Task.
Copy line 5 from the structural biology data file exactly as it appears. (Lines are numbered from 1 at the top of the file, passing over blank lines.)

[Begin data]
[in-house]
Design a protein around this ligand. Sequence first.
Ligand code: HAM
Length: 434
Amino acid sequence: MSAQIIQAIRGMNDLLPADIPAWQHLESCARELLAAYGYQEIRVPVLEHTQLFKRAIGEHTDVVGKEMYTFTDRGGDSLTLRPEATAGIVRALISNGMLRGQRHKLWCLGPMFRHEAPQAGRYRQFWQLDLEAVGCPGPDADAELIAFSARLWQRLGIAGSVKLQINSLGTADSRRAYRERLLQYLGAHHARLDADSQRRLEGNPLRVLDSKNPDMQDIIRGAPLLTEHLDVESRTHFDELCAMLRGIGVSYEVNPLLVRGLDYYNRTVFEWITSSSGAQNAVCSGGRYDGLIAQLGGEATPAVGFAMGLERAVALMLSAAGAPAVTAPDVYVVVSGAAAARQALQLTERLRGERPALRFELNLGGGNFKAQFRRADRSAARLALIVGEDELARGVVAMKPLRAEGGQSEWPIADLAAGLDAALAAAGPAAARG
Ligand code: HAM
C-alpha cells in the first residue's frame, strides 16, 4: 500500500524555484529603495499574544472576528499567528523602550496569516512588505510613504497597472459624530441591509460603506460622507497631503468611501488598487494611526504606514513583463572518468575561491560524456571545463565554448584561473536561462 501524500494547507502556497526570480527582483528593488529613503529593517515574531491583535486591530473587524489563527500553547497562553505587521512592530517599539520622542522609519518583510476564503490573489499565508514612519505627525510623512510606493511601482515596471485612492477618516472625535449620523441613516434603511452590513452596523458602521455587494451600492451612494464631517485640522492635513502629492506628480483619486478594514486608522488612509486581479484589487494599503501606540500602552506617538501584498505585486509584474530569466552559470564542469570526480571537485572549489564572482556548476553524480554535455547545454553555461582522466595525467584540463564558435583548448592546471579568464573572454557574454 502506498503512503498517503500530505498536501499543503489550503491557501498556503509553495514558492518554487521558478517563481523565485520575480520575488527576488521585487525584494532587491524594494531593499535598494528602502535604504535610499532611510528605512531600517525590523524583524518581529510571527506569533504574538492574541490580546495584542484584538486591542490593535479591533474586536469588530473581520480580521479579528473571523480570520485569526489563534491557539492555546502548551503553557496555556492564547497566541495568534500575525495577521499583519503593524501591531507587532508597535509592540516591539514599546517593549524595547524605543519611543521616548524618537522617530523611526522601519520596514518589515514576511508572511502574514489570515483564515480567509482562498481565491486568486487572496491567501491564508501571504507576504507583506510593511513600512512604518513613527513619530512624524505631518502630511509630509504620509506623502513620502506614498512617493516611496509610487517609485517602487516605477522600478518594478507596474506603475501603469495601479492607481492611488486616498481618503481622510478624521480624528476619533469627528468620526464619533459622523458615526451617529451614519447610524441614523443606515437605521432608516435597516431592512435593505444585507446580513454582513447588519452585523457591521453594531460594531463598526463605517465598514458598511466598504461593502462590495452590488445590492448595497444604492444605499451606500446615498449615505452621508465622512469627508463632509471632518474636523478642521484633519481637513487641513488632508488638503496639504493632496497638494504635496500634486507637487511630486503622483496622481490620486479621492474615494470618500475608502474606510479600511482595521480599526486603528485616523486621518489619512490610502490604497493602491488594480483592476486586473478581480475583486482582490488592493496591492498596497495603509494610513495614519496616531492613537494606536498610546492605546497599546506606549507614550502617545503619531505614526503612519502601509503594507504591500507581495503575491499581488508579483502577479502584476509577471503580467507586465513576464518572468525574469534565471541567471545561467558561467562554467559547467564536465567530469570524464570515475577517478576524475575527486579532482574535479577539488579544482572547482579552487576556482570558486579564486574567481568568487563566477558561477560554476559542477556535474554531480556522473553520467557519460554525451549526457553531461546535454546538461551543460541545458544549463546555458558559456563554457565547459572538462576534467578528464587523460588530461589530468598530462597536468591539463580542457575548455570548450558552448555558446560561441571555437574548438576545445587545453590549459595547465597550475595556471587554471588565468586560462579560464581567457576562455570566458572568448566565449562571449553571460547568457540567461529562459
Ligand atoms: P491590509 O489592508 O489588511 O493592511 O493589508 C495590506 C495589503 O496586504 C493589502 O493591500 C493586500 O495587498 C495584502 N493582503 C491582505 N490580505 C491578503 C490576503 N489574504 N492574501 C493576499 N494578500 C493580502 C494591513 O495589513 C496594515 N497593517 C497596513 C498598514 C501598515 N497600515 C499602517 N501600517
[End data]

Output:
Amino acid sequence: MSAQIIQAIRGMNDLLPADIPAWQHLESCARELLAAYGYQEIRVPVLEHTQLFKRAIGEHTDVVGKEMYTFTDRGGDSLTLRPEATAGIVRALISNGMLRGQRHKLWCLGPMFRHEAPQAGRYRQFWQLDLEAVGCPGPDADAELIAFSARLWQRLGIAGSVKLQINSLGTADSRRAYRERLLQYLGAHHARLDADSQRRLEGNPLRVLDSKNPDMQDIIRGAPLLTEHLDVESRTHFDELCAMLRGIGVSYEVNPLLVRGLDYYNRTVFEWITSSSGAQNAVCSGGRYDGLIAQLGGEATPAVGFAMGLERAVALMLSAAGAPAVTAPDVYVVVSGAAAARQALQLTERLRGERPALRFELNLGGGNFKAQFRRADRSAARLALIVGEDELARGVVAMKPLRAEGGQSEWPIADLAAGLDAALAAAGPAAARG